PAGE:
A Nashville startup has developed a mobile app that aims to help doctors spot warning signs in their patients before they cause complications.

NOV 08, 2012


A hundred years ago, doctors made house calls and knew many of their patients’ medical history by heart. In contrast, today, the average family physician has over 2,300 patients, and individuals often need to schedule office visits months in advance, getting less than 20 minutes of face time in each visit.
As the divide between patient and doctor becomes wider, important information falls through the cracks. A survey from Markle Foundation found that 94 percent of surveyed doctors believed their patients often missed or lost track of important directives; over a third admitted to losing track of critical information provided by patients. These errors and omissions can lead to serious health complications.
The doctor-patient relationship is ripe for innovation–and a Nashville-based startup,RoundingWell, may offer an elegant solution.
RoundingWell’s product is a mobile application that enables healthcare patients to stay connected to their providers. The app asks patients to check in regularly and answer a series of questions related to their health condition and lifestyle. Their doctors receive notifications if anything appears abnormal, and can immediately contact the patient for a follow-up exam.
“The goal is to be that essential service that connects patient, clinician and caregiver,” says RoundingWell CEO, John Smithwick.
For instance, the app would ask a patient with a heart condition for a daily weigh-in, making a note of sudden weight gain.  On its own, that’s not always an indicator of a health problem–but subsequent responses, such as preferring to sleep in a recliner, can be a sign that the patient is experiencing fluid retention and needs medical attention. “Whatever intervention is required, we inform its delivery,” says Smithwick.
“The tool provides a way to alert healthcare providers to potential issues before they become serious,” says Smithwick.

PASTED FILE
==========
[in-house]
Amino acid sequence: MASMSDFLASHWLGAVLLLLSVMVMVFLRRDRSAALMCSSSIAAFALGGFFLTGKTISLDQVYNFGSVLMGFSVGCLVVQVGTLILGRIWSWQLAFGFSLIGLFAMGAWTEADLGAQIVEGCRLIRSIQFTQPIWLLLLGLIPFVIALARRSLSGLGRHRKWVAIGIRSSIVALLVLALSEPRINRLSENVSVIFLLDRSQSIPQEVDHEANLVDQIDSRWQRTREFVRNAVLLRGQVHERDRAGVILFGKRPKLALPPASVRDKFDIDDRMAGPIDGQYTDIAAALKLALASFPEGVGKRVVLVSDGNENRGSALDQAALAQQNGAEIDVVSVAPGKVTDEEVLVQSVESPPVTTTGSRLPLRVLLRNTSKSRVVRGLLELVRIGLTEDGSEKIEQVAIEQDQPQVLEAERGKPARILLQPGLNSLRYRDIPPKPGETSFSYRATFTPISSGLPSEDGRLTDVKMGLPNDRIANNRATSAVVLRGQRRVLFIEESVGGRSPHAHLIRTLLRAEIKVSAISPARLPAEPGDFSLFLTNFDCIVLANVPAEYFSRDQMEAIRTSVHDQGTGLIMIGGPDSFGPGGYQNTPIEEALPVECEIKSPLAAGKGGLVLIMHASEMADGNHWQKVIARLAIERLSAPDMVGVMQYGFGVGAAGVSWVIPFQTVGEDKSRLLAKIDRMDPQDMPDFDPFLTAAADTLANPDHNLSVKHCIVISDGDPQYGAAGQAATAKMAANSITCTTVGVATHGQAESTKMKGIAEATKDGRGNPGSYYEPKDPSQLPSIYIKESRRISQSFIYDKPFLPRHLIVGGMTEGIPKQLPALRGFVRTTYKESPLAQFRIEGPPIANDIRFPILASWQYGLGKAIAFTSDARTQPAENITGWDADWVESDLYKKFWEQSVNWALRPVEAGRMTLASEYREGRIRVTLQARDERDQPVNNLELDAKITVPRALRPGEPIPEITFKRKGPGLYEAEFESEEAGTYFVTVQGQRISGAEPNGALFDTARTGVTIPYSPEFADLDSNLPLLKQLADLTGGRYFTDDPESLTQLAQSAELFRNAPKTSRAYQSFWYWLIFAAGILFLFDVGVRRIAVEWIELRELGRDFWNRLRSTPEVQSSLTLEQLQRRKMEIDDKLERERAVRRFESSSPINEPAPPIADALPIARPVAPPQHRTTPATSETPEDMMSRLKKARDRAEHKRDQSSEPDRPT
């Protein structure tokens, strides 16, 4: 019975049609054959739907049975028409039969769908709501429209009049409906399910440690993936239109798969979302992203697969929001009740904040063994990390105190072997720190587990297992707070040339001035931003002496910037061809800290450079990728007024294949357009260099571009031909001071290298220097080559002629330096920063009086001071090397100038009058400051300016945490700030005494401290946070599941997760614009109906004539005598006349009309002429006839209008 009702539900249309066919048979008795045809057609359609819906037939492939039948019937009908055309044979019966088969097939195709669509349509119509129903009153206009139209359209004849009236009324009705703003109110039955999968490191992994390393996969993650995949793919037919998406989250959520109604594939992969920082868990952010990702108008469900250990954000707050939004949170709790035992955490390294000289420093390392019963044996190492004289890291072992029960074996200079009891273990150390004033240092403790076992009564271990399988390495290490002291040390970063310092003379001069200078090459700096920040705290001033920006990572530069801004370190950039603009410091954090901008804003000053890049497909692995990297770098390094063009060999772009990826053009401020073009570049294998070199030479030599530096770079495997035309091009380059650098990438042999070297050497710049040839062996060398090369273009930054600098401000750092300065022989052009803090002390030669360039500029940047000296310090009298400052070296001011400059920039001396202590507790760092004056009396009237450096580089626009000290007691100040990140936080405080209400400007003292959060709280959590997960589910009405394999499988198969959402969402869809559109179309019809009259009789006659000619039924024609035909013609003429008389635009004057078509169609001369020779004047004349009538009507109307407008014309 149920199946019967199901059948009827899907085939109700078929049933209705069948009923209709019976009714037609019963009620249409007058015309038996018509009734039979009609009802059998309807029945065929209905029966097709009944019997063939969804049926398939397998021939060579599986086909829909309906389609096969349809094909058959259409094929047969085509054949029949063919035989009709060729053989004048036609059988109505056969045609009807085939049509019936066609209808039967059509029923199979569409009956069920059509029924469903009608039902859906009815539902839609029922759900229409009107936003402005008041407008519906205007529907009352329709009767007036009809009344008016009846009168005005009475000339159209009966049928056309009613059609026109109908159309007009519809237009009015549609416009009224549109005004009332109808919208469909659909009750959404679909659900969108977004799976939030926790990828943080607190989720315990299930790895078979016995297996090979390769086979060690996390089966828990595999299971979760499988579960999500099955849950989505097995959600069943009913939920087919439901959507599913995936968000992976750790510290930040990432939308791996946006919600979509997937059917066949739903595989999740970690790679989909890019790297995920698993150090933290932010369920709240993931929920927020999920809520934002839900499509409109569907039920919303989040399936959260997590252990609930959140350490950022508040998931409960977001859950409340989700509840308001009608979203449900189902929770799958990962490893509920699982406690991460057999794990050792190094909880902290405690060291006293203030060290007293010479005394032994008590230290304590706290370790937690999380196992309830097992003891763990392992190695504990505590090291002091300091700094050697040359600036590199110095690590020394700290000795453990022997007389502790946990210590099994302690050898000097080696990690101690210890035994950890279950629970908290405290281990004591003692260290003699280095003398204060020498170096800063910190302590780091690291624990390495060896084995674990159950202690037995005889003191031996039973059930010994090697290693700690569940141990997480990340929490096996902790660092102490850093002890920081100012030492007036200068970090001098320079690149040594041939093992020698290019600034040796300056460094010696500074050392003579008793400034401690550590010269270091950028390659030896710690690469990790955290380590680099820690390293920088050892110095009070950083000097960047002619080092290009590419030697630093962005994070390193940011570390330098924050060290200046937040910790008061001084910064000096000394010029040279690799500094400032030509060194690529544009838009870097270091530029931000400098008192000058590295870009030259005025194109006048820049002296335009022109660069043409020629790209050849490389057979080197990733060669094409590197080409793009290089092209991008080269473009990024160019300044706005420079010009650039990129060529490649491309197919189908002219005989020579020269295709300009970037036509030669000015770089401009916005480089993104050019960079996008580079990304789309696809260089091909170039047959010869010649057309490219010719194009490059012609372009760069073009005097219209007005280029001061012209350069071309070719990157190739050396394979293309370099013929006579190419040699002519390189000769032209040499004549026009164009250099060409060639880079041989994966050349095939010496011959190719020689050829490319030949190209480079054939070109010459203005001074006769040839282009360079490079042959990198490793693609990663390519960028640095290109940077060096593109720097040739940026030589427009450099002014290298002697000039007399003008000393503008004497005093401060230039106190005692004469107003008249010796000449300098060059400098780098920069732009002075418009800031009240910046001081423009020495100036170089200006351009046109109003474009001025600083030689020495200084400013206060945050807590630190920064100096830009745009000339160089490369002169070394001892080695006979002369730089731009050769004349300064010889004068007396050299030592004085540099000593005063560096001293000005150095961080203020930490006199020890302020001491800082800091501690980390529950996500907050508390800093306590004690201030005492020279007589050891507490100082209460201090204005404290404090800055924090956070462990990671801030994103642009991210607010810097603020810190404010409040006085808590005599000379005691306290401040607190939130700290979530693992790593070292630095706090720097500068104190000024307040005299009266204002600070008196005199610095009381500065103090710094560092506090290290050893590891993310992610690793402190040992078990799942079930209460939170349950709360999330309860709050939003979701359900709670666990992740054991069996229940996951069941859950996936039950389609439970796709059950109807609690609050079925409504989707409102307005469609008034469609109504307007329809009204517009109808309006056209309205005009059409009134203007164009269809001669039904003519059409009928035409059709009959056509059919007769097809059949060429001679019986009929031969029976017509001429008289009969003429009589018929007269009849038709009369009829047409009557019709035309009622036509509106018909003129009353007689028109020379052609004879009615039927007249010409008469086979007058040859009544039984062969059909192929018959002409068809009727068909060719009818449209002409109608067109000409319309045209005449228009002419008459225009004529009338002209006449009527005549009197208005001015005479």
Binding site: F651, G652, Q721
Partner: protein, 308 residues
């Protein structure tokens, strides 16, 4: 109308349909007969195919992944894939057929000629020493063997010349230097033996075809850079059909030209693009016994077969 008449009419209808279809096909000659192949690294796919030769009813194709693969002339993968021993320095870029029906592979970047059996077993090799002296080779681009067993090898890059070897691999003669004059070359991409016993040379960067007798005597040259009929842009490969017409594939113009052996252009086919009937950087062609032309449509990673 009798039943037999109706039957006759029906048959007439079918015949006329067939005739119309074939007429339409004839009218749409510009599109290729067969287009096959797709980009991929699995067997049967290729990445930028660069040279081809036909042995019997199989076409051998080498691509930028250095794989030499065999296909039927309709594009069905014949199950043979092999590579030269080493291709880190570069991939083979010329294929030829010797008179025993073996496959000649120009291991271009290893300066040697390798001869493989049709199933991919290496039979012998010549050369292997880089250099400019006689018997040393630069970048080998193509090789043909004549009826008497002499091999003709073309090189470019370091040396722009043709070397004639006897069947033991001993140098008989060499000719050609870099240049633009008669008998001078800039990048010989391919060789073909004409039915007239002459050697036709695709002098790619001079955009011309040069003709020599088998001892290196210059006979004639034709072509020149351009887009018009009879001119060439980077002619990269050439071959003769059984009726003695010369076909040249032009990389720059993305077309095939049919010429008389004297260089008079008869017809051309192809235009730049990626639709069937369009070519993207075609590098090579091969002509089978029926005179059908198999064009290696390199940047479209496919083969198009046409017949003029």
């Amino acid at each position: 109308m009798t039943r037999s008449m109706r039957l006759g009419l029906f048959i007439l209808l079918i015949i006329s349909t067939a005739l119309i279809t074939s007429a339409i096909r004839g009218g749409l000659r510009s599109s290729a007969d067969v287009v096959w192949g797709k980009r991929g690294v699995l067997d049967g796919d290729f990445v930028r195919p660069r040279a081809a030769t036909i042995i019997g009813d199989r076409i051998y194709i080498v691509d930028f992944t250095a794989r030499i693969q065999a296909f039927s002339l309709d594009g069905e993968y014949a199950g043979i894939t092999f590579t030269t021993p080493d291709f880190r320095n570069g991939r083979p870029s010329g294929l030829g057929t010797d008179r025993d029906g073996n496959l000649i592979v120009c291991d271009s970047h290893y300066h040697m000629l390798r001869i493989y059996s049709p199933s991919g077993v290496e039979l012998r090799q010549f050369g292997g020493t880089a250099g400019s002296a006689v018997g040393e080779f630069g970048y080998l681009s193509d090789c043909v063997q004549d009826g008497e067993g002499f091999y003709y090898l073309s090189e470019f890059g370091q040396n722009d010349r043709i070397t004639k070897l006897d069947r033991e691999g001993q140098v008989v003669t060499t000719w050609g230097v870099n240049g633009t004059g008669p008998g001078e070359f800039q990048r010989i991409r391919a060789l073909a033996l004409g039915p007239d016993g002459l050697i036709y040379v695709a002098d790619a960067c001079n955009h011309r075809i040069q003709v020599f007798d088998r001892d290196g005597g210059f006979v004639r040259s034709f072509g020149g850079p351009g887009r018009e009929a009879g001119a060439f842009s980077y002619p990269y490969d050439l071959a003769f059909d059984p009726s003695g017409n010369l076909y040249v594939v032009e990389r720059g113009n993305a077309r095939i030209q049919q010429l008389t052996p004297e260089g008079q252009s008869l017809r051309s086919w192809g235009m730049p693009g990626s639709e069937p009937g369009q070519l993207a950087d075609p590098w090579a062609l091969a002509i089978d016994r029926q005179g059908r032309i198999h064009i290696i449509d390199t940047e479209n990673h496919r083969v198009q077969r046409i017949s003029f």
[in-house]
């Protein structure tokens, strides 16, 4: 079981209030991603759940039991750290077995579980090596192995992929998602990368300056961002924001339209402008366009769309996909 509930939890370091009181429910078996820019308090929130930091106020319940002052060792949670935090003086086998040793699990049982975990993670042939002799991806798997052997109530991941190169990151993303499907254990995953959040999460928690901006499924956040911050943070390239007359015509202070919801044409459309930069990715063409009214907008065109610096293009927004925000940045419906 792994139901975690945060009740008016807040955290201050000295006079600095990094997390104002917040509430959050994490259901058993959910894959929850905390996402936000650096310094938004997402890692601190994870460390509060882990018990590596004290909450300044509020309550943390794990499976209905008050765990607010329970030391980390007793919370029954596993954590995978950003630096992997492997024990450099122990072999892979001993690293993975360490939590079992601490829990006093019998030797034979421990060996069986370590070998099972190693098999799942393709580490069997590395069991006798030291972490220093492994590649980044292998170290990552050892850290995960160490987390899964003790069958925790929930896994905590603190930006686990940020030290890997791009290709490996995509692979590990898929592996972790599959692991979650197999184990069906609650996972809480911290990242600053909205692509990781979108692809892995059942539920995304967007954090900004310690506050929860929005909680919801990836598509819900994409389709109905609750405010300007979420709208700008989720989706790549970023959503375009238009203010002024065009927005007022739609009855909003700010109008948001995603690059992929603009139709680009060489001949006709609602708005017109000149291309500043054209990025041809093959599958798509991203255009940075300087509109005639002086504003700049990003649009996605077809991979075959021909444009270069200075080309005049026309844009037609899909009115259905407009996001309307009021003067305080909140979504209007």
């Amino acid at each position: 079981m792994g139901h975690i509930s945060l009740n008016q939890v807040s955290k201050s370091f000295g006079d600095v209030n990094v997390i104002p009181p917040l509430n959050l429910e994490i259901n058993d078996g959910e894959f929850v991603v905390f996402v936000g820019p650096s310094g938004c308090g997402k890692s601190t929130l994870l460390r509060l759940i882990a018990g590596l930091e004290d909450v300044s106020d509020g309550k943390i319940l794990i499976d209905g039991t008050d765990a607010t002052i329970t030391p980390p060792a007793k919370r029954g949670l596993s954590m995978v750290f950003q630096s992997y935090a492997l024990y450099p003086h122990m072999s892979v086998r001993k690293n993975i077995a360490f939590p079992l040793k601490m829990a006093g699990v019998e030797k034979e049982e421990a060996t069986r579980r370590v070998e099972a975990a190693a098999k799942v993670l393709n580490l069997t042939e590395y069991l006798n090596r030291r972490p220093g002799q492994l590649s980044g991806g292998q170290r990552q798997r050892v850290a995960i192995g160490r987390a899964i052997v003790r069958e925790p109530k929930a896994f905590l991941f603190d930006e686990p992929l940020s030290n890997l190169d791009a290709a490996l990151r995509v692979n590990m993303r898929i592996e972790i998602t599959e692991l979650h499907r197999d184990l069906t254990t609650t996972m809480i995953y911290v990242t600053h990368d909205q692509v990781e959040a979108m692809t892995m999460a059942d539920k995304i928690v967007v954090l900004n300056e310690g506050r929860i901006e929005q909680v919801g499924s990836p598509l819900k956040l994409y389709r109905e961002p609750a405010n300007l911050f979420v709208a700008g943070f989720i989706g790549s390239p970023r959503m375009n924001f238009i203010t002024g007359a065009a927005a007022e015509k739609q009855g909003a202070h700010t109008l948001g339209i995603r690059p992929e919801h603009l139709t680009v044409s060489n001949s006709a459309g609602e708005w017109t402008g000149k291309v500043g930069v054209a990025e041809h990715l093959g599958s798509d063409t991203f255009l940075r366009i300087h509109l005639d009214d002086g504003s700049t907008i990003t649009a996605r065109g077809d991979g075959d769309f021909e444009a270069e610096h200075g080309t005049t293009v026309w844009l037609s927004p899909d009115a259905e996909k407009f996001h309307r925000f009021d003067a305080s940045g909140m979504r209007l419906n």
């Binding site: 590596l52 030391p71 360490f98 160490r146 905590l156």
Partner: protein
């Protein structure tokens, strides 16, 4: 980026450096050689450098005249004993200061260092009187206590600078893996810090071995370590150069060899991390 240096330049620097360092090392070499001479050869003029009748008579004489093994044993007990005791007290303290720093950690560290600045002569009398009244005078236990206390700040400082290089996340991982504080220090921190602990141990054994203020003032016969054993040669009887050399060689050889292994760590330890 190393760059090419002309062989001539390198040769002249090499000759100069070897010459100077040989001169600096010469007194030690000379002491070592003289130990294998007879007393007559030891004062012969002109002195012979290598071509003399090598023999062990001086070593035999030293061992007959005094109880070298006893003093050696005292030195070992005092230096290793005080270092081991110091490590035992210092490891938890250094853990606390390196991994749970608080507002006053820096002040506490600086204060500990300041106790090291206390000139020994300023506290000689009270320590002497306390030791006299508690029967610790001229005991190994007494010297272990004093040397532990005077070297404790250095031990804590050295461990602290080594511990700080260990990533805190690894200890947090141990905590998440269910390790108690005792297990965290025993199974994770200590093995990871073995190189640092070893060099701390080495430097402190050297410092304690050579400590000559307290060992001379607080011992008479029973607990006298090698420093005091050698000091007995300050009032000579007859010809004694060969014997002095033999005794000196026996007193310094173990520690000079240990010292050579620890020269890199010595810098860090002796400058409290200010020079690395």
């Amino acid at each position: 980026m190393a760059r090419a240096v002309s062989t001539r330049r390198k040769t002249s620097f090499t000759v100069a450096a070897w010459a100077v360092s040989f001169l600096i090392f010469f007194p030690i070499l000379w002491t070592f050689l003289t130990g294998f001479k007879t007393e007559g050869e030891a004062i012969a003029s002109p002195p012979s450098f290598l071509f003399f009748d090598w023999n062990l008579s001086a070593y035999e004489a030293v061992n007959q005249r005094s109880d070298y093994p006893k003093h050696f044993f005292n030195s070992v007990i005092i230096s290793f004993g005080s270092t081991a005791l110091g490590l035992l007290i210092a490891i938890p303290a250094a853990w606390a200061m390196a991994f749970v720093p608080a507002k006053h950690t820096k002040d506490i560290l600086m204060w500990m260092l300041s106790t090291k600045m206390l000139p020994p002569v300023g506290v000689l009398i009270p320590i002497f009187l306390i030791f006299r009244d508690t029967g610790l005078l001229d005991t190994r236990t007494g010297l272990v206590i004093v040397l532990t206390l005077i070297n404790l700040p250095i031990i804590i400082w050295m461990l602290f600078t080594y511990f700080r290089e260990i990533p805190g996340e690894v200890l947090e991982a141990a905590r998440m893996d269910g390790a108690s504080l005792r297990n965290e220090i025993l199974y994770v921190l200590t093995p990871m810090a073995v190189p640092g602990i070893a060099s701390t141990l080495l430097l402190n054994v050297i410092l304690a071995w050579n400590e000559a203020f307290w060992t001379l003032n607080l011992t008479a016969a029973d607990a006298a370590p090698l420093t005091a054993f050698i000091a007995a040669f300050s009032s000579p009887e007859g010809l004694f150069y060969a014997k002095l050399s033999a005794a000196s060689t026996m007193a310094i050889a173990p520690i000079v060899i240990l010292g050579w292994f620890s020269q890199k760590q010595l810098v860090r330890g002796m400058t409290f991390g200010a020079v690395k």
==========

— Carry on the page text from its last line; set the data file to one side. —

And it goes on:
The company, founded two years ago by Smithwick and partner Will Weaver, is heavily focused on refining the product, and has rolled out pilot programs among a number of high-risk patient groups, including kidney transplant and dialysis patients. “We were worried that patients wouldn’t commit to using the product, but so far, we’re seeing remarkable levels of engagement,” says Smithwick.
The pilot programs have helped clinicians find risks that wouldn’t have otherwise been flagged, such as confusion regarding how to take medication. “Almost none of the risks our tool has found have been dismissed.”
By identifying risks early, RoundingWell hopes to both improve patients’ health and to increase the efficacy of the entire medical world, bringing down costs by reducing the need for late-stage interventions.
According to Kaiser Health News, 75 cents of every dollar spent on health care in America can be attributed to spending on largely preventable and manageable chronic illnesses. If widely adopted, RoundingWell’s solution could drastically cut the costs of managing disease.
“I would think that an insurance provider would want to incentivize their members to use the tool, via lower premiums or whatever other approaches made sense,” says Smithwick.
“We’d absolutely expect to bend the cost curve–and ideally lower it.”